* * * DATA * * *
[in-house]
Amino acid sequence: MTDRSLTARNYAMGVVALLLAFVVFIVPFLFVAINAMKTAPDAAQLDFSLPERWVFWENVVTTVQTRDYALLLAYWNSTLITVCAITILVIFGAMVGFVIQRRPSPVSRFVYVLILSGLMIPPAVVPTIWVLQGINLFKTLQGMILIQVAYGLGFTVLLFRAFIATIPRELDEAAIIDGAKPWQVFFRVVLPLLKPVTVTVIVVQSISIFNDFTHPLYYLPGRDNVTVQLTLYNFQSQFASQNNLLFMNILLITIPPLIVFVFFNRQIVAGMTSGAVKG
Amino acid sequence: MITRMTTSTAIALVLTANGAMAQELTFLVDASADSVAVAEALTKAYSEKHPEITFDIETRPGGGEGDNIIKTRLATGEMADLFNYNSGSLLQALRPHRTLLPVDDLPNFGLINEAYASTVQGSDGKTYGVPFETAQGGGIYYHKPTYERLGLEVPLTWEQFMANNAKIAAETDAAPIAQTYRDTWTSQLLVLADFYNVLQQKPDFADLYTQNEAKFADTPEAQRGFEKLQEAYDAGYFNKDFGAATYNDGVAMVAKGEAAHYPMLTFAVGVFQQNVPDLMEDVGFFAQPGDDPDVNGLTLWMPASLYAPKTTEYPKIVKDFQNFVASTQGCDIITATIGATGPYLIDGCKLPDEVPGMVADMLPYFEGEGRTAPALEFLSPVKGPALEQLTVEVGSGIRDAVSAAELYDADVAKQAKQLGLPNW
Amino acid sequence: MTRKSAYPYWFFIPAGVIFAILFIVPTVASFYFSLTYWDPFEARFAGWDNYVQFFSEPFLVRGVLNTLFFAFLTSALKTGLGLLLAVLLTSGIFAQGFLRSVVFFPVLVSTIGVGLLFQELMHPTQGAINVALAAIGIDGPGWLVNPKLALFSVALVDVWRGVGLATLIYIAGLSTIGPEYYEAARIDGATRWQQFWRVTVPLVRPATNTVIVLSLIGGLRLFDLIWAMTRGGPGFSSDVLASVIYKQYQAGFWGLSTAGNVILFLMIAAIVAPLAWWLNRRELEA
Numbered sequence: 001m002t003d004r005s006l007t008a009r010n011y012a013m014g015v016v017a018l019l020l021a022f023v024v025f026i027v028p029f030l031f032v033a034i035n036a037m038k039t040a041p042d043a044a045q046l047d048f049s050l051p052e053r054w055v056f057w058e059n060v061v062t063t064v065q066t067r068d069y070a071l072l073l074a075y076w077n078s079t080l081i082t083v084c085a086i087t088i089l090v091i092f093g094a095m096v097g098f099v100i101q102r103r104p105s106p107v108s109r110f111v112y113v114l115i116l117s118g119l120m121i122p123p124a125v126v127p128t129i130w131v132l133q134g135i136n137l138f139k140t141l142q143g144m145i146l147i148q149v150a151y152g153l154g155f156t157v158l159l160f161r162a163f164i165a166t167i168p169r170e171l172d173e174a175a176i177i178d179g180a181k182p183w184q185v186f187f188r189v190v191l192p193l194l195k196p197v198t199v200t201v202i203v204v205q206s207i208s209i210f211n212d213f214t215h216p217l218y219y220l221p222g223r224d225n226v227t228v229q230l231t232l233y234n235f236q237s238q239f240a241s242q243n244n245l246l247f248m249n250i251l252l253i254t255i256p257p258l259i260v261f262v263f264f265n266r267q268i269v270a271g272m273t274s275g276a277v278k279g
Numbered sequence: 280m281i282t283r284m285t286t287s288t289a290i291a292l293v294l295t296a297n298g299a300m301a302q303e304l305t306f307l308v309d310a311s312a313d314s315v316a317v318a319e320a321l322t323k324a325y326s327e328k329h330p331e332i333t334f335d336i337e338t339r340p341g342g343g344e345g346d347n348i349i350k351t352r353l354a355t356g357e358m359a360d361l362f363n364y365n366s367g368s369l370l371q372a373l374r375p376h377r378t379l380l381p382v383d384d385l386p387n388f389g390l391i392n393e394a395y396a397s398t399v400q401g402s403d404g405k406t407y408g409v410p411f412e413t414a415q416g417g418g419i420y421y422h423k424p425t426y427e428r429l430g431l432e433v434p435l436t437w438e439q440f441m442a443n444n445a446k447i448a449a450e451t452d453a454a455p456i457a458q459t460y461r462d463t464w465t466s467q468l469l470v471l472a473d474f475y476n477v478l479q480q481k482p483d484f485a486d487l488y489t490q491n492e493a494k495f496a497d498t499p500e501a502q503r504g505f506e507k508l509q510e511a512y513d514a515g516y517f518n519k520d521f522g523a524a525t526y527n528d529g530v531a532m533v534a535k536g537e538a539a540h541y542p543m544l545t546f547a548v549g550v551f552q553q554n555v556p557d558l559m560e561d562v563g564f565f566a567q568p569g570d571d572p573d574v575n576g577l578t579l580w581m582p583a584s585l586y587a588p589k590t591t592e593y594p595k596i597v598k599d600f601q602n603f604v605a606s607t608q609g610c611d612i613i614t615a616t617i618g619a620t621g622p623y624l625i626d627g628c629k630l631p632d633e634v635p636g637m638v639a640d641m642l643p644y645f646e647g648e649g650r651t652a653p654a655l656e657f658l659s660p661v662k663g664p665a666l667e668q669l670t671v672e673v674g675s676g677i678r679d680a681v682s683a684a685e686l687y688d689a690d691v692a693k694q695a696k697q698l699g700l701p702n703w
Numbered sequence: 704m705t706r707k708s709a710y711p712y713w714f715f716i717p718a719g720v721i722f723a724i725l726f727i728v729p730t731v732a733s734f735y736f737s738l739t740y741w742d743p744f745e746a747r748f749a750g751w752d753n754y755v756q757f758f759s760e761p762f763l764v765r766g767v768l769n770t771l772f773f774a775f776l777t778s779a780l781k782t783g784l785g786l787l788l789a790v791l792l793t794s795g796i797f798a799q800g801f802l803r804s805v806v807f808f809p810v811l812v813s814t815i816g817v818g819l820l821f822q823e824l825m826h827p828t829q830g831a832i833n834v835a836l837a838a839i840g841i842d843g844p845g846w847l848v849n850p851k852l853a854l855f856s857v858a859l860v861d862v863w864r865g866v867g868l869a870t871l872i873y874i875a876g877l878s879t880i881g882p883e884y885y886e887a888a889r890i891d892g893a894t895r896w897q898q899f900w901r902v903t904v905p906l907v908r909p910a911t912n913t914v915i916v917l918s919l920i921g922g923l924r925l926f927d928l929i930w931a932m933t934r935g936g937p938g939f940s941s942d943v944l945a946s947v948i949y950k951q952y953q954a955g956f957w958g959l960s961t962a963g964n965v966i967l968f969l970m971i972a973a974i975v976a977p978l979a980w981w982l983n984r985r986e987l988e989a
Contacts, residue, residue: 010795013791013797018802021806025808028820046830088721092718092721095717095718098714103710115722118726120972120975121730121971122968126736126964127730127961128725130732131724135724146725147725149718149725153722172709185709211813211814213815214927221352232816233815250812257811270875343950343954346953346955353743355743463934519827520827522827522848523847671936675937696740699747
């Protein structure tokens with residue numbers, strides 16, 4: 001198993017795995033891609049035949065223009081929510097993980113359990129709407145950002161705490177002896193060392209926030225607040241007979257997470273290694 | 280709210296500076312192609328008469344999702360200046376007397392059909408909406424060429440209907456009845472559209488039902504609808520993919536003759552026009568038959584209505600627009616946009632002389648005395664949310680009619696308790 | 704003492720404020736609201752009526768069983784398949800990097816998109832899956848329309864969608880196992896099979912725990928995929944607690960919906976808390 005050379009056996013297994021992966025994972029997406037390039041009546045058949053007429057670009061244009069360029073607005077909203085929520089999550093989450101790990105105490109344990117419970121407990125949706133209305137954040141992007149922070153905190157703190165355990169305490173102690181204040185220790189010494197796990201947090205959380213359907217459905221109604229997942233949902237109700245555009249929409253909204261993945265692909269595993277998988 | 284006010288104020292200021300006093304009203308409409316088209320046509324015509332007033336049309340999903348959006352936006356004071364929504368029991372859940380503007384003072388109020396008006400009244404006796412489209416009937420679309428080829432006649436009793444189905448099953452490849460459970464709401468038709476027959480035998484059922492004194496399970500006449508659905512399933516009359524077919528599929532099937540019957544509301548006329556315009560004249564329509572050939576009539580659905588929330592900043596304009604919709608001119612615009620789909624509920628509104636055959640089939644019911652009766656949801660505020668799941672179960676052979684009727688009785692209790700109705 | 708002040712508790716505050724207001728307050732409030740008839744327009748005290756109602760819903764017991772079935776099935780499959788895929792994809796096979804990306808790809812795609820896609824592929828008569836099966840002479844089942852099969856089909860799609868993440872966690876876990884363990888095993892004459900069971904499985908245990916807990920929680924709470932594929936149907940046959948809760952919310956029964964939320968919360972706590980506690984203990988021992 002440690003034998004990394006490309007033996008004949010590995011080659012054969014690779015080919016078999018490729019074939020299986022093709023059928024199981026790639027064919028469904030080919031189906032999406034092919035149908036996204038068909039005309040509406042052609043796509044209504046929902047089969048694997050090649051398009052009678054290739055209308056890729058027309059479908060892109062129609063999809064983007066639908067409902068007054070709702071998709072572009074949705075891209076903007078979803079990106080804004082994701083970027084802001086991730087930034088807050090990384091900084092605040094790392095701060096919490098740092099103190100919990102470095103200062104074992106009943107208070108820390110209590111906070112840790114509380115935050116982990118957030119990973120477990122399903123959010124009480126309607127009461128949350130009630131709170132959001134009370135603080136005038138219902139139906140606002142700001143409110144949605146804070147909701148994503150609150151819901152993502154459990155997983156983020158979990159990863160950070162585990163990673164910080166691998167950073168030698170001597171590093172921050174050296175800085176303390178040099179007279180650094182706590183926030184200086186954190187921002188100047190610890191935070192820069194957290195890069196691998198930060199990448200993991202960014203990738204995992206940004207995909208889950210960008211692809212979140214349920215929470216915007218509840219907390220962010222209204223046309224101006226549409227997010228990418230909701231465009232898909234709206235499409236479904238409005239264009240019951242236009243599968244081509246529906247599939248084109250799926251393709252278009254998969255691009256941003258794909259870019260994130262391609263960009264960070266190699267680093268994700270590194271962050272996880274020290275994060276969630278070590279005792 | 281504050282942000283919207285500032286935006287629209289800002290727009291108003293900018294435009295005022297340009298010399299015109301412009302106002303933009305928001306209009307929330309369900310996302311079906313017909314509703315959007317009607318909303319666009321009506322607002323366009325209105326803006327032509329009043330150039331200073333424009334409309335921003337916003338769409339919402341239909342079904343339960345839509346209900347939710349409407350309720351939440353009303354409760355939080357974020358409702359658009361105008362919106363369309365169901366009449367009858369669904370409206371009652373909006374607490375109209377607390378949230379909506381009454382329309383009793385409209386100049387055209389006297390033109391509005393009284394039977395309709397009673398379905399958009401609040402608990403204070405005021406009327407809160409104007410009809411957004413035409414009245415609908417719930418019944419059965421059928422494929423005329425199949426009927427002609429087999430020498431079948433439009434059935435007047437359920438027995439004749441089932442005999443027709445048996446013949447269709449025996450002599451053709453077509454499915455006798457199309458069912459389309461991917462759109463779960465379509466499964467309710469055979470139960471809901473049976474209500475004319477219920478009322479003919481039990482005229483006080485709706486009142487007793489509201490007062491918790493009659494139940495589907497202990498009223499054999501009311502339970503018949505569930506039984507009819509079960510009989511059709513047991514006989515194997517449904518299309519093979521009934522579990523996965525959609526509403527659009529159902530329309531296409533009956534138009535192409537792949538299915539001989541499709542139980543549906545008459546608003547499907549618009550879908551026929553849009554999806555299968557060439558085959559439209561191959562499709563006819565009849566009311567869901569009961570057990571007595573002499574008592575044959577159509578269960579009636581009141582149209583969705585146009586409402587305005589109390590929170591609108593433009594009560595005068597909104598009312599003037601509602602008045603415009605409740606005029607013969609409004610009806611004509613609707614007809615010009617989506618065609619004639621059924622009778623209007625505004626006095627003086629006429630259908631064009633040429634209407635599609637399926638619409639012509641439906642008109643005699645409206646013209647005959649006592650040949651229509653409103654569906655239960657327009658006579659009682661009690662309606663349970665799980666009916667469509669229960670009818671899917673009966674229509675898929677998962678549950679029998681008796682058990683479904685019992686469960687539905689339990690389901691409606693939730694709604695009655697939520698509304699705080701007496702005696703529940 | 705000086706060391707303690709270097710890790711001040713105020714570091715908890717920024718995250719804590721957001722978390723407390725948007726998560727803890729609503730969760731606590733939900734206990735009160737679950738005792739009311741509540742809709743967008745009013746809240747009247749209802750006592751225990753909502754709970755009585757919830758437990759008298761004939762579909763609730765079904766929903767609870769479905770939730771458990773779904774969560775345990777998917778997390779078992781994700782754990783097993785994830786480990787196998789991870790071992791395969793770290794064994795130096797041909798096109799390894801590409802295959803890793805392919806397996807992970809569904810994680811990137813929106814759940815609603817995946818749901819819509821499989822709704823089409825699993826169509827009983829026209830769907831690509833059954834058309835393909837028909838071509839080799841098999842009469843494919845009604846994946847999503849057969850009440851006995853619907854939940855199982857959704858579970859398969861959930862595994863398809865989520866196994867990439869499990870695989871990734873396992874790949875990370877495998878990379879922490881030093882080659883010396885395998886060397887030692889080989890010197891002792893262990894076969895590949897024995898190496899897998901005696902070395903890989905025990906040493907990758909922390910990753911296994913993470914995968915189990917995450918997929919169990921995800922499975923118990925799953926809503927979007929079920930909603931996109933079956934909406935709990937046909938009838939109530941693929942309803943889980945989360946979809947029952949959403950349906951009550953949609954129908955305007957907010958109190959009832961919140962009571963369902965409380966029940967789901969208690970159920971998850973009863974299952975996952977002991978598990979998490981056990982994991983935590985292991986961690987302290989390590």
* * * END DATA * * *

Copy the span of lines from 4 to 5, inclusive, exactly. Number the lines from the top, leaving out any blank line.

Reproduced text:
Amino acid sequence: MTRKSAYPYWFFIPAGVIFAILFIVPTVASFYFSLTYWDPFEARFAGWDNYVQFFSEPFLVRGVLNTLFFAFLTSALKTGLGLLLAVLLTSGIFAQGFLRSVVFFPVLVSTIGVGLLFQELMHPTQGAINVALAAIGIDGPGWLVNPKLALFSVALVDVWRGVGLATLIYIAGLSTIGPEYYEAARIDGATRWQQFWRVTVPLVRPATNTVIVLSLIGGLRLFDLIWAMTRGGPGFSSDVLASVIYKQYQAGFWGLSTAGNVILFLMIAAIVAPLAWWLNRRELEA
Numbered sequence: 001m002t003d004r005s006l007t008a009r010n011y012a013m014g015v016v017a018l019l020l021a022f023v024v025f026i027v028p029f030l031f032v033a034i035n036a037m038k039t040a041p042d043a044a045q046l047d048f049s050l051p052e053r054w055v056f057w058e059n060v061v062t063t064v065q066t067r068d069y070a071l072l073l074a075y076w077n078s079t080l081i082t083v084c085a086i087t088i089l090v091i092f093g094a095m096v097g098f099v100i101q102r103r104p105s106p107v108s109r110f111v112y113v114l115i116l117s118g119l120m121i122p123p124a125v126v127p128t129i130w131v132l133q134g135i136n137l138f139k140t141l142q143g144m145i146l147i148q149v150a151y152g153l154g155f156t157v158l159l160f161r162a163f164i165a166t167i168p169r170e171l172d173e174a175a176i177i178d179g180a181k182p183w184q185v186f187f188r189v190v191l192p193l194l195k196p197v198t199v200t201v202i203v204v205q206s207i208s209i210f211n212d213f214t215h216p217l218y219y220l221p222g223r224d225n226v227t228v229q230l231t232l233y234n235f236q237s238q239f240a241s242q243n244n245l246l247f248m249n250i251l252l253i254t255i256p257p258l259i260v261f262v263f264f265n266r267q268i269v270a271g272m273t274s275g276a277v278k279g